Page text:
Laird Barron’s fourth collection gathers a dozen stories set against the backdrops of the Alaskan wilderness, far-future dystopias, and giallo-fueled nightmare vistas.
All hell breaks loose in a massive apartment complex when a modern day Jack the Ripper strikes under cover of a blizzard; a woman, famous for surviving a massacre, hits the road to flee the limelight and finds her misadventures have only begun; while tracking a missing B-movie actor, a team of man hunters crashes in the Yukon Delta and soon realize the Arctic is another name for hell; an atomic-powered cyborg war dog loyally assists his master in the overthrow of a far-future dystopian empire; following an occult initiation ritual, a man is stalked by a psychopathic sorority girl and her team of horrifically disfigured henchmen; a rich lunatic invites several high school classmates to his mansion for a night of sex, drugs, and CIA-funded black ops experiments; and other glimpses into occulted realities a razor’s slice beyond our own.
Combining hardboiled noir, psychological horror, and the occult, Swift to Chase continues three-time Shirley Jackson Award winner Barron’s harrowing inquiry into the darkness of the human heart.
Release date: October 7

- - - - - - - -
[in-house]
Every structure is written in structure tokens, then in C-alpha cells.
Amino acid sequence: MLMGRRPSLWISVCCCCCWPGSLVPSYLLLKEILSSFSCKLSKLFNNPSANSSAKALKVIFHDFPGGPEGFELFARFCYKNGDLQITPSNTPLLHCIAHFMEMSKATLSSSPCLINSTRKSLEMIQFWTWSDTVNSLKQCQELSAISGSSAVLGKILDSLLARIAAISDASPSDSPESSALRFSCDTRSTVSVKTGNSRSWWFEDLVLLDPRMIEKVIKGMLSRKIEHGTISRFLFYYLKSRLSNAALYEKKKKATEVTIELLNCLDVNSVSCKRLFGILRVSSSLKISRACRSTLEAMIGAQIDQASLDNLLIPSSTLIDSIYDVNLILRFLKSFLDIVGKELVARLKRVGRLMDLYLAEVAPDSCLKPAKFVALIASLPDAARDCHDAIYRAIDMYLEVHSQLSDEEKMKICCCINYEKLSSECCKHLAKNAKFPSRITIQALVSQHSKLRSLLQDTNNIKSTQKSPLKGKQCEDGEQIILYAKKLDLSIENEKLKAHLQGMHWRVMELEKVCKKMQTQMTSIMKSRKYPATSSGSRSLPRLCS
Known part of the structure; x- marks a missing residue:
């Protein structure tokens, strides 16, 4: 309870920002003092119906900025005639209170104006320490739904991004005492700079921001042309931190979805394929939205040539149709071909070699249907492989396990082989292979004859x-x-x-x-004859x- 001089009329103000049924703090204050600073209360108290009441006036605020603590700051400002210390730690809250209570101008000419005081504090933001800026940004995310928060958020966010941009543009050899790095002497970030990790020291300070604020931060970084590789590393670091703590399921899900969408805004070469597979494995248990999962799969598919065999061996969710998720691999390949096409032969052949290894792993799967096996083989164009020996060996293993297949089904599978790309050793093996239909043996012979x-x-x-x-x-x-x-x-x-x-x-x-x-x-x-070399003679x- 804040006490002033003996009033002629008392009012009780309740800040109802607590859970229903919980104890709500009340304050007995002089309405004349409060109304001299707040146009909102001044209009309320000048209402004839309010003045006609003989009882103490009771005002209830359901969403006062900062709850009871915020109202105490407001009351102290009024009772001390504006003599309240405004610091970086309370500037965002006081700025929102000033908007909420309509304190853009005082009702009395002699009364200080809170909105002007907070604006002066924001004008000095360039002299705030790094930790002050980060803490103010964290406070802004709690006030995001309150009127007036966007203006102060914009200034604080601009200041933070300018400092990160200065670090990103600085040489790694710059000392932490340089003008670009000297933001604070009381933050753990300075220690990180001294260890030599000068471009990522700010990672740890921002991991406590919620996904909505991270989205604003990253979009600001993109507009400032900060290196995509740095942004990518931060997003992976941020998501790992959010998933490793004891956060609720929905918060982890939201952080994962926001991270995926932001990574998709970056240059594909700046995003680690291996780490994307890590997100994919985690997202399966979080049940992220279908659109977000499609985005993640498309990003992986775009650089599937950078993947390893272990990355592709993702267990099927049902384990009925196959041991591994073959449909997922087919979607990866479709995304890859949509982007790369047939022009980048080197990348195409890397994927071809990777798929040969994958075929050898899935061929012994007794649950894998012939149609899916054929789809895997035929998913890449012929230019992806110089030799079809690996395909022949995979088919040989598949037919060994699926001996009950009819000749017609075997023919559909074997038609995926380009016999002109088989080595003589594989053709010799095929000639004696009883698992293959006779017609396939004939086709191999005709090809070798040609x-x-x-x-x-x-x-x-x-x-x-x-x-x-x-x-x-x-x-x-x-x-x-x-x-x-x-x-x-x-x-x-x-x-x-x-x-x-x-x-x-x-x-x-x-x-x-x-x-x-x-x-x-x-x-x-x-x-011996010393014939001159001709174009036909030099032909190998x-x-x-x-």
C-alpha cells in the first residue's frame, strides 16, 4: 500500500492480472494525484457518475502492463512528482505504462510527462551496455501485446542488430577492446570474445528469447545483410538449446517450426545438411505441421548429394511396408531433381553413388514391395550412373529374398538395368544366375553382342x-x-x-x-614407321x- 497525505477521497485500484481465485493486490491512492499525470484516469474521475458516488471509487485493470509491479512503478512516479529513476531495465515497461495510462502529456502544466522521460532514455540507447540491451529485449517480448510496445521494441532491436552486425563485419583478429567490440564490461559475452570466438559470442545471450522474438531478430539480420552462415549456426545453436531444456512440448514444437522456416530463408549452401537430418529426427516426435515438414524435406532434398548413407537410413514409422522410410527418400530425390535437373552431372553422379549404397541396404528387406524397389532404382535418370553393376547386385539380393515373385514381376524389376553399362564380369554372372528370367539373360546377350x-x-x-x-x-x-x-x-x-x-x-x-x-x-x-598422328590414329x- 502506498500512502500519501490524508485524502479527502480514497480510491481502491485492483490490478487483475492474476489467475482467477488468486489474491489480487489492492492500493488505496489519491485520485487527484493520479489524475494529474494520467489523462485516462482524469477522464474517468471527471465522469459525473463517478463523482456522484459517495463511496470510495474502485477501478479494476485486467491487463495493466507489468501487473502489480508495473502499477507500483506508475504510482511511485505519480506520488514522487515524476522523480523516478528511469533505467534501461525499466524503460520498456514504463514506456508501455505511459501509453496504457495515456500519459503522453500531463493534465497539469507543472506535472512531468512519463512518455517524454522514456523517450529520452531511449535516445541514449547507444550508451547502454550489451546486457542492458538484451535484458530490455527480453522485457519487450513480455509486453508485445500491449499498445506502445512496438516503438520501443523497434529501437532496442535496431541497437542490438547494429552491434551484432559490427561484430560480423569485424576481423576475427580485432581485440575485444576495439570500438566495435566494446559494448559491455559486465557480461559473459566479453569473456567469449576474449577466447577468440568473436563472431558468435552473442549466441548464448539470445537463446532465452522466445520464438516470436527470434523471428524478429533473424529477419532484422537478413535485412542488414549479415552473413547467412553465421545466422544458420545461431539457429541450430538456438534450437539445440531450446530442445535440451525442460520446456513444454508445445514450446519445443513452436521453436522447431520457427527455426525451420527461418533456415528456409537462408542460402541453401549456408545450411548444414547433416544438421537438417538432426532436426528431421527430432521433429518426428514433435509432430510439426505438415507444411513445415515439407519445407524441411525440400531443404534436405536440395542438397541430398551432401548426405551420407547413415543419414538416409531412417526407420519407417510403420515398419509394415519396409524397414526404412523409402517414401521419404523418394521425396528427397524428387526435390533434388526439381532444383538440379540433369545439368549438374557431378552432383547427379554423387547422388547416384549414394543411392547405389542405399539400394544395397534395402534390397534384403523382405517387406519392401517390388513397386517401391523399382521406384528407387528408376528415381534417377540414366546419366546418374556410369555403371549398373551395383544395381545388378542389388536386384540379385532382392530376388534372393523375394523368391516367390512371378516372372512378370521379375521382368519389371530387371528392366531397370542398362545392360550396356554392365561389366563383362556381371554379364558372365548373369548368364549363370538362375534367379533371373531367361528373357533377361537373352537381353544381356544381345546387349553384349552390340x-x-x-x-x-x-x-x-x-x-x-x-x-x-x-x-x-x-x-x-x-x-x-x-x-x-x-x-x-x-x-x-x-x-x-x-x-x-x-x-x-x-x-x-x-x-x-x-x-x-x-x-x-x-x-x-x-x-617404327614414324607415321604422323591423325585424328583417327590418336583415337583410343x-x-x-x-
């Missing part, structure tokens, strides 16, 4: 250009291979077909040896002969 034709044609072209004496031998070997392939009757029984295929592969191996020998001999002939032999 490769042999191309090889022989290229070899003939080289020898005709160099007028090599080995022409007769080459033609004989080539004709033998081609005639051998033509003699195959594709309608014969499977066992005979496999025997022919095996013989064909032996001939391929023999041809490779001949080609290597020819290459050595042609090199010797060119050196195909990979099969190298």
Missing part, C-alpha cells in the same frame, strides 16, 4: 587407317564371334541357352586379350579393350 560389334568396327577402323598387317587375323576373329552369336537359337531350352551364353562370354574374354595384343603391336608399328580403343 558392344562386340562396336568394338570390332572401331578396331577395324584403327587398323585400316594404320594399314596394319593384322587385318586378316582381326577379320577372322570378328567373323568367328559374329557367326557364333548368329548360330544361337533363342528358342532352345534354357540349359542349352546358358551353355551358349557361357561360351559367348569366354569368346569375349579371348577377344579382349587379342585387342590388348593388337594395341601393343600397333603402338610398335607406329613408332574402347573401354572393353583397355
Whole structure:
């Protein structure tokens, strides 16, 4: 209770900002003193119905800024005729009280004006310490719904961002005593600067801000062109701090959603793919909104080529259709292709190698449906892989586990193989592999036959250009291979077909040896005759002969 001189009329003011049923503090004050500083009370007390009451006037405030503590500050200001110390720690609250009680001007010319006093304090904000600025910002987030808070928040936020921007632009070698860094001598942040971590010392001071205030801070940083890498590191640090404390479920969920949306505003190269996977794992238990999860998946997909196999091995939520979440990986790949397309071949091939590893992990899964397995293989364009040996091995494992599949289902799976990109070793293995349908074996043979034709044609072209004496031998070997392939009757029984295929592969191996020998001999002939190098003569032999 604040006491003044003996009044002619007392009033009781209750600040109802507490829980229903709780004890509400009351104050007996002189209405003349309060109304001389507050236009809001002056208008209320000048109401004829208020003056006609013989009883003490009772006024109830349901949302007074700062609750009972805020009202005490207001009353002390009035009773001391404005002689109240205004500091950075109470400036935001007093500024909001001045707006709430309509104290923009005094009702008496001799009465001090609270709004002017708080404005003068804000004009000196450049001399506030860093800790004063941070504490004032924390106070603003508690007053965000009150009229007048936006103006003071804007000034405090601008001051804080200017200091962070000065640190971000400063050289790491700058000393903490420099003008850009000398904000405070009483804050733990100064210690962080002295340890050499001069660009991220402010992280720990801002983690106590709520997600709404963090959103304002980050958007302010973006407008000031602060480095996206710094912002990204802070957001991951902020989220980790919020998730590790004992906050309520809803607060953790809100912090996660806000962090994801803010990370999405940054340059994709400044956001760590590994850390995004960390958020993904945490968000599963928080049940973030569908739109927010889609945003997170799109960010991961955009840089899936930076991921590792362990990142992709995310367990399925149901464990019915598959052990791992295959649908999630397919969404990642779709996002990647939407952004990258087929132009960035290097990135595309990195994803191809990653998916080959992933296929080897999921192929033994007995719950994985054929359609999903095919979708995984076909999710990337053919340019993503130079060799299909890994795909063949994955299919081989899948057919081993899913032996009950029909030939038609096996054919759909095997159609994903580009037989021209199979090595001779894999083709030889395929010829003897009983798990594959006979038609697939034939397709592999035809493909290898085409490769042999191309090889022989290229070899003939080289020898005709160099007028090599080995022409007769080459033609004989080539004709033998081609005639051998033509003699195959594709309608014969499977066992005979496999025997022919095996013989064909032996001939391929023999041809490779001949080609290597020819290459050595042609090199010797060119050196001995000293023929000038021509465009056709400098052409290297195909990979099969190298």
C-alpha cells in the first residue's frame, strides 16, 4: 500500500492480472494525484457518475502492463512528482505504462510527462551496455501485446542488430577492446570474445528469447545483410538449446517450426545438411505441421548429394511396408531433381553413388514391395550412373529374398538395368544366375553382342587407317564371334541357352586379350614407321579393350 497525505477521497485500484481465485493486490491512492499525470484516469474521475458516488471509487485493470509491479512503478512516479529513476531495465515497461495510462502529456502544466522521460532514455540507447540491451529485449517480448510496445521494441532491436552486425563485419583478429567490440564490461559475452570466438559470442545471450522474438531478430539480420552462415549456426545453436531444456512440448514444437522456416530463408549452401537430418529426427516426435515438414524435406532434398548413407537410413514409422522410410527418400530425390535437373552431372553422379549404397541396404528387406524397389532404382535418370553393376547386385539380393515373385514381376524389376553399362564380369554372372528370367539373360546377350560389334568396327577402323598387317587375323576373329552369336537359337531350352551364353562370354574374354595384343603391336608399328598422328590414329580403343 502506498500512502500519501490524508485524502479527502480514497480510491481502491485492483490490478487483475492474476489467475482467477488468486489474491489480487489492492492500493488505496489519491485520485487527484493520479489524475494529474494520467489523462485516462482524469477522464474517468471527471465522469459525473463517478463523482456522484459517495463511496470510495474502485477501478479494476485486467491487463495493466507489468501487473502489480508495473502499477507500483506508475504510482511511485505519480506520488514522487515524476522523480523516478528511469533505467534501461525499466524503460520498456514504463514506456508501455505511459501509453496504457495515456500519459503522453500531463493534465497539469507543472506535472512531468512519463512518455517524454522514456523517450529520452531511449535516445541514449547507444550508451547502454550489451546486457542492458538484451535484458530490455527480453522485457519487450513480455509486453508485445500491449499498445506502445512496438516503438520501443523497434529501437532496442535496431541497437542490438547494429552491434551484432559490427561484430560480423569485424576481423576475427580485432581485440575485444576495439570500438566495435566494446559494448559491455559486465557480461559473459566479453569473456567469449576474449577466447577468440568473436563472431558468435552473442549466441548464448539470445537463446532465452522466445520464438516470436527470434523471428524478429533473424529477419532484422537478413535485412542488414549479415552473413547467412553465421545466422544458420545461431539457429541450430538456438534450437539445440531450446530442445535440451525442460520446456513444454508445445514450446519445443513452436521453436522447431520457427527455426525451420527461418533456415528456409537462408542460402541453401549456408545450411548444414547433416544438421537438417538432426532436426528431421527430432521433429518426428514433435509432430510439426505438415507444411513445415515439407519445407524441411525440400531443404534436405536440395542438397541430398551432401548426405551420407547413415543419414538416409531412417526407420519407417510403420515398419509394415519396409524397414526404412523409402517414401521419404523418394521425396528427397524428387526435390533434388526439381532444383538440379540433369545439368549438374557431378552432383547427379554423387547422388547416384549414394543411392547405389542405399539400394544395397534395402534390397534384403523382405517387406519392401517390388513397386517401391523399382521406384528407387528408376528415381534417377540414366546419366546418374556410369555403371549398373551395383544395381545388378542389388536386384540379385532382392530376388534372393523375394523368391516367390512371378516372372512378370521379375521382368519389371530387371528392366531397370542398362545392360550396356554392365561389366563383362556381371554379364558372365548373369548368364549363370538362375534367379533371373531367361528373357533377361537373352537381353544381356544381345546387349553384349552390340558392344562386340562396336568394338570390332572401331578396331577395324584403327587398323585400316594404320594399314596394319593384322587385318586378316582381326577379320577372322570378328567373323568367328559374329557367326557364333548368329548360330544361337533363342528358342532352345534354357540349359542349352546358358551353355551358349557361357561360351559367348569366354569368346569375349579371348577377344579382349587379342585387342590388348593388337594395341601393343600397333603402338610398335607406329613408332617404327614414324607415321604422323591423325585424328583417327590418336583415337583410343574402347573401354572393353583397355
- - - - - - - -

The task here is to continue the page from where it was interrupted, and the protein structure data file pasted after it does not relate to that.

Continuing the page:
Why we recommend it: Few writers can deliver spine-tingling terror like Stephen King. Laird Barron is one of those few.
The Graveyard Apartment by Mariko Koike
One of the most popular writers working in Japan today, Mariko Koike is a recognized master of detective fiction and horror writing. Known in particular for her hybrid works that blend these styles with elements of romance, The Graveyard Apartment is arguably Koike’s masterpiece. Originally published in Japan in 1986, Koike’s novel is the suspenseful tale of a young family that believes it has found the perfect home to grow into, only to realize that the apartment’s idyllic setting harbors the specter of evil and that longer they stay, the more trapped they become.
This tale of a young married couple who harbor a dark secret is packed with dread and terror, as they and their daughter move into a brand new apartment building built next to a graveyard. As strange and terrifying occurrences begin to pile up, people in the building start to move out one by one, until the young family is left alone with someone… or something… lurking in the basement. The psychological horror builds moment after moment, scene after scene, culminating with a conclusion that will make you think twice before ever going into a basement again.
Release date: October 11
Why we recommend it: A claustrophobic tale featuring the scariest interior setting since The Shining.
Which of these new releases do you plan to read? Let us know in the comments!